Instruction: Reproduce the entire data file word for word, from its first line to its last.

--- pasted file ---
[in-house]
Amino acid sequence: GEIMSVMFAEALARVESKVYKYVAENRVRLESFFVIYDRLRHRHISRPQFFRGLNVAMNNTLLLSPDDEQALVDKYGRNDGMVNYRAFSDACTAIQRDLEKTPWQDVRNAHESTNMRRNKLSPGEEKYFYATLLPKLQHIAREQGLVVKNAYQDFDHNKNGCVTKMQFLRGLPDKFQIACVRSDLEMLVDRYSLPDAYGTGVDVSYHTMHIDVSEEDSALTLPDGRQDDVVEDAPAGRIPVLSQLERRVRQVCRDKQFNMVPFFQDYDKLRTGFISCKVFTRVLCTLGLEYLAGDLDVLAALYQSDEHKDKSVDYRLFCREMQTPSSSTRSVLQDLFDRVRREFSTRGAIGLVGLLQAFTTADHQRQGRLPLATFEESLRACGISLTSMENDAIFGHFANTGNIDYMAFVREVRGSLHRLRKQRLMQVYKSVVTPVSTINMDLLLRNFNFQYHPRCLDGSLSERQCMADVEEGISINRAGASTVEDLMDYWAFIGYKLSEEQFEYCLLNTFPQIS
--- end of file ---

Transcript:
[in-house]
Amino acid sequence: GEIMSVMFAEALARVESKVYKYVAENRVRLESFFVIYDRLRHRHISRPQFFRGLNVAMNNTLLLSPDDEQALVDKYGRNDGMVNYRAFSDACTAIQRDLEKTPWQDVRNAHESTNMRRNKLSPGEEKYFYATLLPKLQHIAREQGLVVKNAYQDFDHNKNGCVTKMQFLRGLPDKFQIACVRSDLEMLVDRYSLPDAYGTGVDVSYHTMHIDVSEEDSALTLPDGRQDDVVEDAPAGRIPVLSQLERRVRQVCRDKQFNMVPFFQDYDKLRTGFISCKVFTRVLCTLGLEYLAGDLDVLAALYQSDEHKDKSVDYRLFCREMQTPSSSTRSVLQDLFDRVRREFSTRGAIGLVGLLQAFTTADHQRQGRLPLATFEESLRACGISLTSMENDAIFGHFANTGNIDYMAFVREVRGSLHRLRKQRLMQVYKSVVTPVSTINMDLLLRNFNFQYHPRCLDGSLSERQCMADVEEGISINRAGASTVEDLMDYWAFIGYKLSEEQFEYCLLNTFPQIS